Dhanurdhara Swami : “Sādhaka refers to an advanced devotee, not just to any practitioner. Only one who has ecstatic love can inspire that love to arise in others. Therefore, in this context, Srila Rupa Goswami has defined sādhaka as a devotee on the platform of rati, or one who feels attraction for Krishna. In ot…

Vrindavan: Today, Tomorrow, Yesterday

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I don't go out all that much, but whenever I do, the transformations that are taking place in Vrindavan on a day-to-day basis are constantly at the forefront of my perceptions. The other evening I cycled the length of the Chattikara Road from NH2 to the house and found it quite amazing to see how rapidly everything is mutating.

But that is quite the road at night now. New buildings -- hotels, ashrams, guesthouses, apartment buildings, residential developments, temples -- popping up everywhere, many of them looking quite posh in the night with their glass and polished granite facades and colored neon signage. With the dark night backdrop obscuring the old Vrindavan from view, one could be forgiven for thinking we were actually in at least the 20th century.

I went into the huge Akshaya Patra complex and attended arati there. It is a separate ISKCON, just a couple of centimeters different enough to be a "not-ISKCON", with a personality quite different from Krishna Balaram …

Shiksha Patra of Hariraya

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Another book I picked up since my return to Vrindavan and which I read from beginning to end, all 650 pages of it, is Śikṣā-patra. 41 letters by fourth generation Vallabhi guru Harirayji Mahaprabhu. I first read it in the English translation by Krishna Kinkari, a disciple of Prathamesh Goswami and godsister of the famous bhajan singer Shyamdasji, who passed away not so long ago. Despite the numerous flaws in the edition, such as spelling and layout, etc., on the whole it is a very readable translation and an illuminating book, understandably one of the important works in the Vallabha sampradaya.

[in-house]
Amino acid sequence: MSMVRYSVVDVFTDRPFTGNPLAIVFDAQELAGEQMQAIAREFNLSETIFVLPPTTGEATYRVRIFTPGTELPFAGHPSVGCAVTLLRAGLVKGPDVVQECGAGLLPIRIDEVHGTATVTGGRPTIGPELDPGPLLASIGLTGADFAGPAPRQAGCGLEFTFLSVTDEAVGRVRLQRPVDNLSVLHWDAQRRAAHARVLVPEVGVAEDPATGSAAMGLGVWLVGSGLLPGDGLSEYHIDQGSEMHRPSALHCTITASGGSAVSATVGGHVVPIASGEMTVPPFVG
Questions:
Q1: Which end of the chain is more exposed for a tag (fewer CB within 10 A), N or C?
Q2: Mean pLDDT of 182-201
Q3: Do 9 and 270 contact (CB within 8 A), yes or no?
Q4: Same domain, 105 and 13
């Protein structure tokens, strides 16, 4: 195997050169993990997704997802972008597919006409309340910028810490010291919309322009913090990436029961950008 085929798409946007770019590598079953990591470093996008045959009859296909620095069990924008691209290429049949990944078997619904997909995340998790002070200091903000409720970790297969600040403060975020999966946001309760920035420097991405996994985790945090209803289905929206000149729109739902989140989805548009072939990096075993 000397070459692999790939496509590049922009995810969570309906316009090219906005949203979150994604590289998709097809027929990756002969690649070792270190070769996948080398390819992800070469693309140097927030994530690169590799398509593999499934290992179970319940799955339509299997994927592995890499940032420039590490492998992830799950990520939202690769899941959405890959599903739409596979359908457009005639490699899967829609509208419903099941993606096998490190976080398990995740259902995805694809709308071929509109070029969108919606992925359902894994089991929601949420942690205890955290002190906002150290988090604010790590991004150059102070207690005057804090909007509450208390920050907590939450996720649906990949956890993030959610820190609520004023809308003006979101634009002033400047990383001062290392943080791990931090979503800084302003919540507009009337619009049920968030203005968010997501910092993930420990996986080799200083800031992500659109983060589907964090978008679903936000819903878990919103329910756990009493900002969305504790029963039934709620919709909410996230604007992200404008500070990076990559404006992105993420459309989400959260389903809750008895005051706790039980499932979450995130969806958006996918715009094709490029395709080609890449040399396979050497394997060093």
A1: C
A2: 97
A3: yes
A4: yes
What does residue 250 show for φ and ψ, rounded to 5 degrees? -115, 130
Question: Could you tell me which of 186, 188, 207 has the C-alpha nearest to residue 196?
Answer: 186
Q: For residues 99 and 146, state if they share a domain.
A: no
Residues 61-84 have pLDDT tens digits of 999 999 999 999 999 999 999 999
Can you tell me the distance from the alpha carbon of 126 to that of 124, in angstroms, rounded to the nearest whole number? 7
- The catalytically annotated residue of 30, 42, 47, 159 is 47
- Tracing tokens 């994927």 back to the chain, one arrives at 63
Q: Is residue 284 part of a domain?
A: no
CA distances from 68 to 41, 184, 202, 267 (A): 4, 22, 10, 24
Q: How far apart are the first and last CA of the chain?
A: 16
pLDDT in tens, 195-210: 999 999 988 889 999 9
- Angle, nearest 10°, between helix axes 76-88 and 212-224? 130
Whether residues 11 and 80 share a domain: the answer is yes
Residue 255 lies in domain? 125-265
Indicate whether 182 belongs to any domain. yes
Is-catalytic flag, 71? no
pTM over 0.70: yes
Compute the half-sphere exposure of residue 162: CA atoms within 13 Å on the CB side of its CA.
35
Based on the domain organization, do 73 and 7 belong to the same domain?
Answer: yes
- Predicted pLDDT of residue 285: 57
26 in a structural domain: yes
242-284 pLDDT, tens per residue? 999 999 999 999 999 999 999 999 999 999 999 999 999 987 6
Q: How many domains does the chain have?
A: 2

http://www.pushtibhakti.org/abc/h.htm

The commentary by Gopeshwar, to whom the letters were written, is also very illuminating with plenty of verses quoted mainly from Vallabha's Sixteen Treatises. Anyway, there are several themes running through the book, mainly to give up anxiety and lamentation as a big impediment to spiritual life, sadhu-sanga, separation, etc. But the idea of grace, p…

The Restless River of Yoga (Intro)

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Over the next two weeks, I will be giving my attention back to Yoga-taraṅginī commentary to Gorakṣa-śataka as this project needs to be completed, and all that is left to do is a final redaction of the text and translation, and writing an introduction. So I will try to communicate those portions that I think are important or which affected me as I was doing the work.

I must confess that there has been a considerable change in lifestyles between the way I was living in Rishikesh at Swami Rama Sadhaka Grama and the way I am right now in Vrindavan. The three months at SRSG were fairly intense. Most of that time I spent in at least verbal silence, although I still used the internet. But even in that I was far more disciplined than I am now, as I kept my personal computer internet free. Besides that, I regularly meditated three hours a day and did hatha-yoga on a regular basis, including many of the disciplines that are described in the book I was working on.

Since coming back, one of the m…

That mysterious first verse of Gita Govinda

The first verse of the Gīta-govinda has been a source of confusion to scholars and devotees probably since it first appeared. There are a number of problems with it, all of which can be summarized as "it does not fit" what we know about the Radha-Krishna story in any source, Puranic or folk, prior to GG. Moreover, it seems to have little to do directly with the rest of GG.

To begin with, here is the verse:

meghair meduram ambaraṁ vana-bhuvaḥ śyāmās tamāla-drumair
naktaṁ bhīrur ayaṁ tvam eva tad imaṁ rādhe gṛhaṁ prāpaya |
itthaṁ nanda-nideśataś calitayoḥ praty-adhva-kuñja-drumaṁ
rādhā-mādhavayor jayanti yamunā-kūle rahaḥ-kelayaḥ ||1||

Lee Siegel:
The sky is densely clouded, the forest grounds are dark with tamala trees; at night he [Krishna] is afraid. Radha, you alone must take him home. This is Nanda's command, but Radha and Madhava stray to a tree in the grove by the path and on the bank of the Yamuna, their secret love games prevail.
Barbara Stoller Miller:
Clouds thic…